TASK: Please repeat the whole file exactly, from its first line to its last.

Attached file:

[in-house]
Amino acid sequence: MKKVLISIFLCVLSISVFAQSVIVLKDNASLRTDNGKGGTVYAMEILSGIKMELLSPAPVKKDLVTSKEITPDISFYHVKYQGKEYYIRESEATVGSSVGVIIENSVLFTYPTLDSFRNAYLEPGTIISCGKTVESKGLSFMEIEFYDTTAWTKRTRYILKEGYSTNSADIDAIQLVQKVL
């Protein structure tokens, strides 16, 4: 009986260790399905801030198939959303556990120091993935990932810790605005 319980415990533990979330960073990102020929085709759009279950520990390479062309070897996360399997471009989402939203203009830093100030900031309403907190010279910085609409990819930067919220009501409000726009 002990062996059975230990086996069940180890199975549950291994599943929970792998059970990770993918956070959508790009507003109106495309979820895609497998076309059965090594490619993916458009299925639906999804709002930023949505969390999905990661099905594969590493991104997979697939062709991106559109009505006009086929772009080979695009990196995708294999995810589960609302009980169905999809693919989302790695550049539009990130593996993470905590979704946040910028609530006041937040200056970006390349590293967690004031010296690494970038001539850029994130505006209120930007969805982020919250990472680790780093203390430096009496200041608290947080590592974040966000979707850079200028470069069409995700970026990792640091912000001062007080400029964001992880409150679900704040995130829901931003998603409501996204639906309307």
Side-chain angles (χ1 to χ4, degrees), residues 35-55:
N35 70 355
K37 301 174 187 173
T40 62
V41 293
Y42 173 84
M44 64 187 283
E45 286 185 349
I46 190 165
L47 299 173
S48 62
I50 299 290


[in-house]
Amino acid sequence: MKKVLISIFLCVLSISVFAQSVIVLKDNASLRTDNGKGGTVYAMEILSGIKMELLSPAPVKKDLVTSKEITPDISFYHVKYQGKEYYIRESEATVGSSVGVIIENSVLFTYPTLDSFRNAYLEPGTIISCGKTVESKGLSFMEIEFYDTTAWTKRTRYILKEGYSTNSADIDAIQLVQKVL
């Protein structure tokens, strides 16, 4: 009986260790399905801030198939959303556990120091993935990932810790605005 319980415990533990979330960073990102020929085709759009279950520990390479062309070897996360399997471009989402939203203009830093100030900031309403907190010279910085609409990819930067919220009501409000726009 002990062996059975230990086996069940180890199975549950291994599943929970792998059970990770993918956070959508790009507003109106495309979820895609497998076309059965090594490619993916458009299925639906999804709002930023949505969390999905990661099905594969590493991104997979697939062709991106559109009505006009086929772009080979695009990196995708294999995810589960609302009980169905999809693919989302790695550049539009990130593996993470905590979704946040910028609530006041937040200056970006390349590293967690004031010296690494970038001539850029994130505006209120930007969805982020919250990472680790780093203390430096009496200041608290947080590592974040966000979707850079200028470069069409995700970026990792640091912000001062007080400029964001992880409150679900704040995130829901931003998603409501996204639906309307």
Side-chain angles (χ1 to χ4, degrees), residues 35-55:
N35 70 355
K37 301 174 187 173
T40 62
V41 293
Y42 173 84
M44 64 187 283
E45 286 185 349
I46 190 165
L47 299 173
S48 62
I50 299 290